After an auction with 11 imprints, Paulina Bren’s The Barbizon went to Emily Graff at Simon Schuster for six figures. The book tells the story of the famous all-women’s New York City residence that served as a temporary home to bold-faced names from Grace Kelly to Joan Didion. Gillian MacKenzie at MacKenzie Wolf, who handled the North American rights agreement for Bren (a professor at Vassar College), said Gotham Group’s Shari Smiley is currently seeing a flurry of interest in the book from Hollywood execs, and that an option for series adaptation will likely close before the end of the week. Calling the book a “first of its kind” account of the iconic hotel from those who stayed there, MacKenzie said Barbizon is ultimately “a social history of women from the Jazz Age to the present” and “of their unsteady but determined drive to overcome barriers well before the feminist movement or #MeToo.”

INTERNATIONAL

  • One of the hottest books of the Frankfurt season, The Children’s Train by Viola Ardone, has sold in over 10 international deals, including to Einaudi Stile Libero (Italy), Albin Michel (France), and DVA (Germany). Italian agency Alferj e Prestia controls rights for the novel, which is based on a true story about a group of poor children from Naples who were sent, in 1946, to northern Italy where they were hosted by foster families of communist militants. [PW]

  • Spain-based IMC Literary has sold The Cook of Castamar by Fernando J. Múñez to C. Bertelsmann. Spanish publisher Planeta will be releasing the title next year. Set in the 18th century, it’s about a young woman who supports herself through her cooking skills, after losing her father in the Spanish War of Succession. [PW]

  • Raphaël Glucksmann‘s The Children of the Void: Breaking Away from the Impasse of Individualism has sold to Hanser in Germany and Polis in Greece. The Two Seas Agency handled the sale, on behalf of Allary Editions, which is the book’s French publisher. Two Seas said the book “questions the lack of a collective outlook in the generations that have grown up in individualistic societies.” [PW]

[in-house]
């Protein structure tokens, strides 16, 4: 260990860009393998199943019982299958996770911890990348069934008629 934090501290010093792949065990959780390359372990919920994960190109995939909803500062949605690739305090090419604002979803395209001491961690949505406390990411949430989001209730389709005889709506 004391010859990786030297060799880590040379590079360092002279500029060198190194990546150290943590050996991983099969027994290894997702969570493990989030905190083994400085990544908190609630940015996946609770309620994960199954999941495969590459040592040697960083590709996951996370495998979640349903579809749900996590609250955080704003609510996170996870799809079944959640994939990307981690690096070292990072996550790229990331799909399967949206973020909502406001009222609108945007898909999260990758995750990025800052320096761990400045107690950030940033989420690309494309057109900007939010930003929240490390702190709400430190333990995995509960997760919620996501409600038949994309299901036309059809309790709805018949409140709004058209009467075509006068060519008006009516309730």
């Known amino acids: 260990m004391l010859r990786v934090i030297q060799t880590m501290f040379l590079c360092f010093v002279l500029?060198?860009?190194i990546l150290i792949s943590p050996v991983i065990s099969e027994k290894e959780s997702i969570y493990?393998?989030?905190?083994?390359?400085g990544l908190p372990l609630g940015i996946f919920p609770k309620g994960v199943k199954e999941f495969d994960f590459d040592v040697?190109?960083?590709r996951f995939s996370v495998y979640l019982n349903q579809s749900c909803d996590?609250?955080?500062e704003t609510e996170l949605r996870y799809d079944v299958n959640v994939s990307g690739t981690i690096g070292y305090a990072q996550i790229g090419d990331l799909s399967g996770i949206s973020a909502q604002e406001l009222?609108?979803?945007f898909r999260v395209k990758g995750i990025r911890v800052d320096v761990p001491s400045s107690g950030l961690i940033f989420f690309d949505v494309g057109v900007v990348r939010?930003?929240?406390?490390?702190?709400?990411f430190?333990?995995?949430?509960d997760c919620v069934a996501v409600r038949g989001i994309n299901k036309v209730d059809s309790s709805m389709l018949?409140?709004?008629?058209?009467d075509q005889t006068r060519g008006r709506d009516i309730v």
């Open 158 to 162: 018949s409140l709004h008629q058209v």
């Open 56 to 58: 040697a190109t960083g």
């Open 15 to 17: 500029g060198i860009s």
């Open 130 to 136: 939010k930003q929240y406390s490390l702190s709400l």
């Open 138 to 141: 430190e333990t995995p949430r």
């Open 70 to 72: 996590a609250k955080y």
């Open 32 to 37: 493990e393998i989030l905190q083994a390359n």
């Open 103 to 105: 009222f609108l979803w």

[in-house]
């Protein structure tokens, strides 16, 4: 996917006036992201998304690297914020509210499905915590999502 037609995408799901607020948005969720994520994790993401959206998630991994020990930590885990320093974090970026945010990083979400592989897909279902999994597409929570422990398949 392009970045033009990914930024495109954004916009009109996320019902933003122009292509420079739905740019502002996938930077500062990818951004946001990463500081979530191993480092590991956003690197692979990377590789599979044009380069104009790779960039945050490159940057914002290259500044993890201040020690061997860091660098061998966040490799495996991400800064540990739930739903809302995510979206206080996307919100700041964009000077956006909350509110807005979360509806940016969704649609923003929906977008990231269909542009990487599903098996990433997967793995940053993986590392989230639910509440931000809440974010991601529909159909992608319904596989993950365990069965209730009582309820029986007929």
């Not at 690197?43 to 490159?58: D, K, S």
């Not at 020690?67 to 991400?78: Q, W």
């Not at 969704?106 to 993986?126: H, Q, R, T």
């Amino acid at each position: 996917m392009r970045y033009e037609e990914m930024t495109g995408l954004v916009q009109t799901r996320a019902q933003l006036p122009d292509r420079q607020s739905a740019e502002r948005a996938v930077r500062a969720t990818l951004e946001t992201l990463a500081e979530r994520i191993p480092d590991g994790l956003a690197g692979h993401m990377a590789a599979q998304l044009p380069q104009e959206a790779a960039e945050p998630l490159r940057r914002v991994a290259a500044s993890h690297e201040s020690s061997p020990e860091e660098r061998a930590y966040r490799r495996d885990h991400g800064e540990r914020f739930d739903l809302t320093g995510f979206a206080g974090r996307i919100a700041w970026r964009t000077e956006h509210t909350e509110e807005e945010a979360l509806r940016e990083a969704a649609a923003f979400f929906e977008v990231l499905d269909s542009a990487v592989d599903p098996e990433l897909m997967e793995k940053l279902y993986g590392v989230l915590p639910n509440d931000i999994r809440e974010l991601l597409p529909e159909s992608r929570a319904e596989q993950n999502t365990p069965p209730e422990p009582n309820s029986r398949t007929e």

• The Meaning of Your Life Explained by Frank Martela sold to Harper Design for world English rights, and to Ambo Anthos in the Netherlands. Elina Ahlback Literary, which controls rights to the title, also sold the book to Gummerus in Finland. The author is an academic, and the narrative nonfiction book examines the history and psychology of meaningfulness in life. [PW]

  • U.K. children’s publisher Usborne took U.K. and Commonwealth rights to a YA thriller by debut author Faridah Àbíké-Íyímídé that the publisher is dubbing “explosive.” The author, quoted in The Bookseller, said the novel, called Ace of Spades, is about “homophobia in the black community, institutional racism and the diversity of thought amongst black people.” [The Bookseller]

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  • Producer Ben Karlin, along with HBO Films, optioned Patrick Radden Keefe’s New Yorkerarticle “The Jefferson Bottles,” about whether billionaire Bill Koch was duped into buying an expensive bottle of French wine. [Variety]